8 p. m. “I Have Always Been A Dreamer”: Sabine Gruffat visits Dubai and Detroit for a study in the vagaries of urban identity. Interviews and cityscapes reveal slippages between intent and output, past and present. This ironic documentary offers an ambiguous geography. Screens with “Century,” Kevin Jerome Everson’s one-liner about three machines: an immobile camera stares at a compactor turn a Buick into scrap. (Also, 8 p. m. Tuesday.)
8 p. m. “Video Diary of A Lost Girl”: Billed as world premiere, Lindsay Denniberg’s splashy lo-fi love story matches a resurrected one-night stand with an ageless succubus. The title riffs on the 1929 film starring silent-era siren Louise Brooks. Denniberg’s title character works in a video store. She is a Lilin who hails from a lineage of lethal lovers descended from Lilith, the ex-wife of Adam, as folklore claims. Can a bloodsucker keep her heart throb? Screens with Hyun-Suk Seo’s “Derivation,” described by the Minimalen Short Film Festival in Norway as “A collage of sensually charged moments from Korean horror films of the 2000s.” (Also, 6 p. m. Thursday.)
6 p. m. “Two Years At Sea”: Ben Rivers blows up his hand-processed 16mm CinemaScope footage to 35mm for a misty flickering study of a loner in a landscape. Somewhere in Scotland, elderly Jake Williams lives in sylvan solitude. Rivers chronicles his routines and amusements, including playing the tune “The Sexton and the Carpenter” from a scratchy 1971 folk record “The Raven and the Crow." Expanded from Rivers’ 2006 short “This Is My Land,” this tactile portrait captures a mute companionship. Screens with “Tear it Up, Son!," Ross Nugent’s black-and-white slice of Ohio ethnography shot at Yankee Lake Truck Night Ohio. Big-wheeled vehicles cavort in the mud.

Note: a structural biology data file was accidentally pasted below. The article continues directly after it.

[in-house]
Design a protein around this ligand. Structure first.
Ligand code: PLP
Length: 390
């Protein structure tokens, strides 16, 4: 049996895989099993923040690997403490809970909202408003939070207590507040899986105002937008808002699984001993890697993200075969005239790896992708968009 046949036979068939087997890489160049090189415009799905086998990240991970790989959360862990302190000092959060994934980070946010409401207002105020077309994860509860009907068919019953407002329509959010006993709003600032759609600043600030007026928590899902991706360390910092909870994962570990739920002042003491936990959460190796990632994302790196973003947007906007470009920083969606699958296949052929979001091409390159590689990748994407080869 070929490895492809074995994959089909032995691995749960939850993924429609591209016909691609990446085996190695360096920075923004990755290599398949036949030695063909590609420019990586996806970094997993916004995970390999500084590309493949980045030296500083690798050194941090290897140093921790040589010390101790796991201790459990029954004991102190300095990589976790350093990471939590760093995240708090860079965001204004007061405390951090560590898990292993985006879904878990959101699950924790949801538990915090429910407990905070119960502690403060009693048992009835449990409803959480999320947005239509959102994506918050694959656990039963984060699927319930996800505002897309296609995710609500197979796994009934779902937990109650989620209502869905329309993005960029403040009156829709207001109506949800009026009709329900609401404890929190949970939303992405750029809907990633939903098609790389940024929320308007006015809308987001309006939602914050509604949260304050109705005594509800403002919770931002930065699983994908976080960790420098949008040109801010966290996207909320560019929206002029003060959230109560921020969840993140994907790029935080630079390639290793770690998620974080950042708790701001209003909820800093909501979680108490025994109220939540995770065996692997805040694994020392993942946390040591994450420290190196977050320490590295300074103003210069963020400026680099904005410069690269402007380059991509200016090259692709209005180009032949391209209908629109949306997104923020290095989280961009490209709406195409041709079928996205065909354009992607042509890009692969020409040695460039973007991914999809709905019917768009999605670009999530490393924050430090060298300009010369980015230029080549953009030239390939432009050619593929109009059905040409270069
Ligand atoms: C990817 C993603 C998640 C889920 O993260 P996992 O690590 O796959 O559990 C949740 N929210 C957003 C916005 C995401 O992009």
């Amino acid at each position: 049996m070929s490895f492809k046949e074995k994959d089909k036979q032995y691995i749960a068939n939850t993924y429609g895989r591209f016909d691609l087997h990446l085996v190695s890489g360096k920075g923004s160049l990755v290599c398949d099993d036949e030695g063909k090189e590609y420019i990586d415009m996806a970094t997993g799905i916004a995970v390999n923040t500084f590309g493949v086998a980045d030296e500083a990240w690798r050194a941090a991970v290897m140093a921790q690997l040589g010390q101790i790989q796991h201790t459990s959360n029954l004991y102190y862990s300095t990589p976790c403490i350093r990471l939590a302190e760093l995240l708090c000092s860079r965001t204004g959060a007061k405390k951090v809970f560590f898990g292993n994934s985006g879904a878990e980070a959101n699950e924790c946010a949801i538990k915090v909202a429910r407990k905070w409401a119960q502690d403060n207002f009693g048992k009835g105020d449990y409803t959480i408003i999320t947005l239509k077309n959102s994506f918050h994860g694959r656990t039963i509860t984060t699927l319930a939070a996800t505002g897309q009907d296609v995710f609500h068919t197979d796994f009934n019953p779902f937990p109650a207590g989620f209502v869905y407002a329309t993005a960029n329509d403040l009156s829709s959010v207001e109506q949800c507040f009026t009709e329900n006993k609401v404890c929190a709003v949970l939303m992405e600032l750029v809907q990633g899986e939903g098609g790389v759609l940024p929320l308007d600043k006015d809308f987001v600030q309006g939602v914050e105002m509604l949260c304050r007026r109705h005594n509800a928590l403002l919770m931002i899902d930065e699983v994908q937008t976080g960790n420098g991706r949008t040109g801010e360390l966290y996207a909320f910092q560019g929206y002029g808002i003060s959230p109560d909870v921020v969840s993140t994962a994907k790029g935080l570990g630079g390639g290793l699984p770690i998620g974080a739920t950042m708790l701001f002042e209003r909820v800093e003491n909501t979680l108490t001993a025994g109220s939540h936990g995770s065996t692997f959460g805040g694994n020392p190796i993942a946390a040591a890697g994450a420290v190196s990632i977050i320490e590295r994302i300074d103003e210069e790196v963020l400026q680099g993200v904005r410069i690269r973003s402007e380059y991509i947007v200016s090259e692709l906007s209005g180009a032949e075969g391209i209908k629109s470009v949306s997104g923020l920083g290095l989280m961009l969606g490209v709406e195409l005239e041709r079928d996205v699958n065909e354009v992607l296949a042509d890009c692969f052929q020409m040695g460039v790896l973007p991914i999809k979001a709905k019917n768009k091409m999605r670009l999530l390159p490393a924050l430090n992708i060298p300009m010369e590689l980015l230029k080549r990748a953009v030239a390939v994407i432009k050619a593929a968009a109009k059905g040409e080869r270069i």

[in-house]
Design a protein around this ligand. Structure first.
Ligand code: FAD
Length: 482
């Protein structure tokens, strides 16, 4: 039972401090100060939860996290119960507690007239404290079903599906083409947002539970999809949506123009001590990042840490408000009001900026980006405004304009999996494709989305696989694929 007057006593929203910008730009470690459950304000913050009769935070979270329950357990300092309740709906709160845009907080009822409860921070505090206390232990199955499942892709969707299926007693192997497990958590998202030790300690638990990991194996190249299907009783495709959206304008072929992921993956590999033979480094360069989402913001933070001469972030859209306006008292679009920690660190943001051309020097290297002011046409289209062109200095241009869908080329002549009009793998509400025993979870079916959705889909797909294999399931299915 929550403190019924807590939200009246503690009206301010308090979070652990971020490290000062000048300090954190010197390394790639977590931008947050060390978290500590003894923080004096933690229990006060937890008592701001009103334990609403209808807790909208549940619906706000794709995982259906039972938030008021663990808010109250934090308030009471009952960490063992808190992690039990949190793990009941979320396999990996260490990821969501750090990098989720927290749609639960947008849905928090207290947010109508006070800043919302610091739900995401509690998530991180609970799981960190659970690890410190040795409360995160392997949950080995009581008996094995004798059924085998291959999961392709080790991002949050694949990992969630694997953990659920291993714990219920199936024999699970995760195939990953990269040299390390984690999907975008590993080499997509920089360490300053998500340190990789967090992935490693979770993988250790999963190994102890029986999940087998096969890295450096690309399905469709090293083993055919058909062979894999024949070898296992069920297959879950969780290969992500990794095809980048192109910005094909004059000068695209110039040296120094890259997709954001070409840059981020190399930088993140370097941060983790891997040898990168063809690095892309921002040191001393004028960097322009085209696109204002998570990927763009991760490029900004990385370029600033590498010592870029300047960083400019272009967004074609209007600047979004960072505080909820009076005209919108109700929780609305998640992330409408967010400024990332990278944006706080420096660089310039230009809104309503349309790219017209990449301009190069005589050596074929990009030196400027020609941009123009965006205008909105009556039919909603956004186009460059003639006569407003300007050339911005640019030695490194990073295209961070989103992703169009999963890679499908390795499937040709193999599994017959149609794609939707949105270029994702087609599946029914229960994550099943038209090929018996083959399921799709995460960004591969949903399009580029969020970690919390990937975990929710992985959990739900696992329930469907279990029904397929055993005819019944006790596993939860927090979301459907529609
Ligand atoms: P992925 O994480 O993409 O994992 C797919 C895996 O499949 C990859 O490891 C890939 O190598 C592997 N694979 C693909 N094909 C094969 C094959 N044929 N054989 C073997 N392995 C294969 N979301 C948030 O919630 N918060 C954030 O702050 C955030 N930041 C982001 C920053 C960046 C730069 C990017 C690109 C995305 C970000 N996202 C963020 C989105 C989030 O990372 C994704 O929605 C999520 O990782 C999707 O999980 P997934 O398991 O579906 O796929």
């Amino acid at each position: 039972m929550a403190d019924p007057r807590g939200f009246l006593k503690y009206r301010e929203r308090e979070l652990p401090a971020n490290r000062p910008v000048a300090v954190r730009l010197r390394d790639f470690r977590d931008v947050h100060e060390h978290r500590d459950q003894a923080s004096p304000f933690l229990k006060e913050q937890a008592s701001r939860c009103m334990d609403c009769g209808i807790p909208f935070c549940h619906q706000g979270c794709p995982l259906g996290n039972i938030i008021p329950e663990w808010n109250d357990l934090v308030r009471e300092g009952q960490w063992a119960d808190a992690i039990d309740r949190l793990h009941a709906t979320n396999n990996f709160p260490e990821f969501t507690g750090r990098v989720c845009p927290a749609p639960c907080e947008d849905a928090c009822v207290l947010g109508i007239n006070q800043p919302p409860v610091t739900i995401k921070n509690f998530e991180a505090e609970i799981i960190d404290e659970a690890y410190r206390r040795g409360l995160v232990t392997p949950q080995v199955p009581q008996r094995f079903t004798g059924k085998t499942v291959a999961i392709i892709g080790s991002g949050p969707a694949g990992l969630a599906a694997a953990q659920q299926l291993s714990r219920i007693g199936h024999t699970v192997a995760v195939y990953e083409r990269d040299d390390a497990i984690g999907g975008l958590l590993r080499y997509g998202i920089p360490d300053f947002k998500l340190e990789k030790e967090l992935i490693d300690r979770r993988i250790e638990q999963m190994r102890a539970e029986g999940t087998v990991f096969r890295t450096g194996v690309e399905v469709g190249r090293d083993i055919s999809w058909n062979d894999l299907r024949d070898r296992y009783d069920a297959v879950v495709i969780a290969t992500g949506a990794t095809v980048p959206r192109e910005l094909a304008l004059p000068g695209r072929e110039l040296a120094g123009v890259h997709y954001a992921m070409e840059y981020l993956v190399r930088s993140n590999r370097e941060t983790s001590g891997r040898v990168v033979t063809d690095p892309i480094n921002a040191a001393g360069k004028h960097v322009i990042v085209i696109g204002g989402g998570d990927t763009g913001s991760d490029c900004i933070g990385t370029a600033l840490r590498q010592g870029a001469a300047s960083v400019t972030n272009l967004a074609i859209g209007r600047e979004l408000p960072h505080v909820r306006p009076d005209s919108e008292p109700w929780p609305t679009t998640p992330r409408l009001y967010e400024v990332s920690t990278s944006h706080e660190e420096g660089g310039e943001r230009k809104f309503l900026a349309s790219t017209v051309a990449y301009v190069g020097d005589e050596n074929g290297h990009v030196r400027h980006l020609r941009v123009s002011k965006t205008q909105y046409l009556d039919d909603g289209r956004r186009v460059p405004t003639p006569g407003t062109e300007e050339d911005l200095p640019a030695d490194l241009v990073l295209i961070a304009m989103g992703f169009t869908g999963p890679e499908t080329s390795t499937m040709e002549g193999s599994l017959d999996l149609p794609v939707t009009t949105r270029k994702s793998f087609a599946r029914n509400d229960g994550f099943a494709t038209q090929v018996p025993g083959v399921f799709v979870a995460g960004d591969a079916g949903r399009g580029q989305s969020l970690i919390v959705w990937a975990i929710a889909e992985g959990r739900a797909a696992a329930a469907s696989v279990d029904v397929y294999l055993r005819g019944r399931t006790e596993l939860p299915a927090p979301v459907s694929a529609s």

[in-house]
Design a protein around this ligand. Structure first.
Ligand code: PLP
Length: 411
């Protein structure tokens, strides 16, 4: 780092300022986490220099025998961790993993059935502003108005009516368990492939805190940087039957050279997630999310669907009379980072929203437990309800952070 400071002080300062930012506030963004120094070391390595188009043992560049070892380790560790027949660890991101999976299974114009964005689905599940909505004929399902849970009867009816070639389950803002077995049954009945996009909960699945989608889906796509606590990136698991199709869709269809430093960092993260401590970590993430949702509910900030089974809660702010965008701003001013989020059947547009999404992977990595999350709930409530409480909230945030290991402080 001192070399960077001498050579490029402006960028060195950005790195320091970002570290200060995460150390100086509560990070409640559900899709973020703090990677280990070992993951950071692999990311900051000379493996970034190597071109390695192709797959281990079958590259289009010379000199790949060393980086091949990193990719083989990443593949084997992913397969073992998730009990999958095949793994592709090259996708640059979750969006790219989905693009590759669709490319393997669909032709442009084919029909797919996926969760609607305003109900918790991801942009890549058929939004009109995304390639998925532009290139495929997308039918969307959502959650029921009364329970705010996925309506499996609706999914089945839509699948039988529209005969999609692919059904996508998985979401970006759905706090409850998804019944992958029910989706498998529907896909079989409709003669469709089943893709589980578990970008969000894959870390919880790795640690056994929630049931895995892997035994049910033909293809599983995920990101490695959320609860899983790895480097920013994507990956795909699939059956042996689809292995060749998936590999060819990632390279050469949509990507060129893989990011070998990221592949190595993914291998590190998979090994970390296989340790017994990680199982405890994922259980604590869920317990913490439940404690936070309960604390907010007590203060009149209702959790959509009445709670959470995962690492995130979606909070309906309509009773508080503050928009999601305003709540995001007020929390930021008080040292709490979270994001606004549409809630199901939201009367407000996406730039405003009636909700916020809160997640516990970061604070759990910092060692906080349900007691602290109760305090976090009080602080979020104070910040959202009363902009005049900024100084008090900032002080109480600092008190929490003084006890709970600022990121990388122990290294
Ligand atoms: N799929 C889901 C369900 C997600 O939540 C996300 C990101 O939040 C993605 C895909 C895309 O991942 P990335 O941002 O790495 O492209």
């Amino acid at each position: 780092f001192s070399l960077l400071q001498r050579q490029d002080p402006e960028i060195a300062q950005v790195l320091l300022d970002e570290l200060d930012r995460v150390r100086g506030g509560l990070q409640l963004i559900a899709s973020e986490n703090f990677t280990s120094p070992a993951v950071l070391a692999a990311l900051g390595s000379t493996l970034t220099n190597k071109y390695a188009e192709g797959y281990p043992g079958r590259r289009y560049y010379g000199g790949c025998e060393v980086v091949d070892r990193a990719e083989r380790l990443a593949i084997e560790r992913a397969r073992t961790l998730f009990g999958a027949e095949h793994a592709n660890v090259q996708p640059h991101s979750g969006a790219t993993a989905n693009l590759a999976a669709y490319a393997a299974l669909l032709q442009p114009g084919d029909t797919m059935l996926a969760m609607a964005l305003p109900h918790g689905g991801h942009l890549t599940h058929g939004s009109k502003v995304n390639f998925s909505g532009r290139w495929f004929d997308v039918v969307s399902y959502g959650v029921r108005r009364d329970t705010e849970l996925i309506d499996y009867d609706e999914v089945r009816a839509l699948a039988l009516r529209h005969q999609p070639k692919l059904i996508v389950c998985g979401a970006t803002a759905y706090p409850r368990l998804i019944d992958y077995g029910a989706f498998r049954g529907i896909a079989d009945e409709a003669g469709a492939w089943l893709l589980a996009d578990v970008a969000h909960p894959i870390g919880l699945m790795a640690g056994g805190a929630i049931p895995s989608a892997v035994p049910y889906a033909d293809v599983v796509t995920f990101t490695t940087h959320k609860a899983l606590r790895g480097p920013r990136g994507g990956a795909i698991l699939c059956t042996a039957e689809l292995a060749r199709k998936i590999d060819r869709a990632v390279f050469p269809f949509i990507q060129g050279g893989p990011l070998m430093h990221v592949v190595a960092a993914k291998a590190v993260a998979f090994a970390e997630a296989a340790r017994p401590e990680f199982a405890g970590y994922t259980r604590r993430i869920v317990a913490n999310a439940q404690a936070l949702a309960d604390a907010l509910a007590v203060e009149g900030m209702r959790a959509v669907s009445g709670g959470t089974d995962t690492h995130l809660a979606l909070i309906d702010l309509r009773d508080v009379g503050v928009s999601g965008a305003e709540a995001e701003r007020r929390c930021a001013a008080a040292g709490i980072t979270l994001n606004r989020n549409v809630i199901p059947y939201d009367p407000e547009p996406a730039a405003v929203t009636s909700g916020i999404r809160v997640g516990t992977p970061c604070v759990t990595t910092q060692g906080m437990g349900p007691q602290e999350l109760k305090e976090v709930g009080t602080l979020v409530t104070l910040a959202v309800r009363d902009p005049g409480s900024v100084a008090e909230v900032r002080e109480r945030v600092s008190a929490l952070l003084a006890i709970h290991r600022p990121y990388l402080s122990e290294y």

8 p. m. “Headlock”: German director Johan Carlsen enlists Cornelia Kwanka and her son Christopher to play working-class single mom Susanne and her son Johnny. His script draws from their earlier family life as well as his own past. Johnny is failing in his new school and finding no friends. He may have inherited from his mother a knack for magically realizing visions to cope with a tough life. Carlsen gets strong naturalist performances that may prove cathartic for all concerned. Screens with “And I Will Rise if Only to Hold You Down” by Jennifer Reeder, an incisive drama about a family in fission.
8 p. m. “Andrew Bird: Fever Year”: Chicago filmmaker Xan Aranda documents Chicago performer/ composer Andrew Bird on a concert tour and in his recording sessions for an enthralling portrait of creative flow under the influence of a prolonged, anomalous fever. This exceptional documentary screened earlier at the Chicago International Film Festival and the Talking Pictures Festival in Evanston. Two years ago, CUFF screened “Anonanimal,” his music video by Lisa Barcy.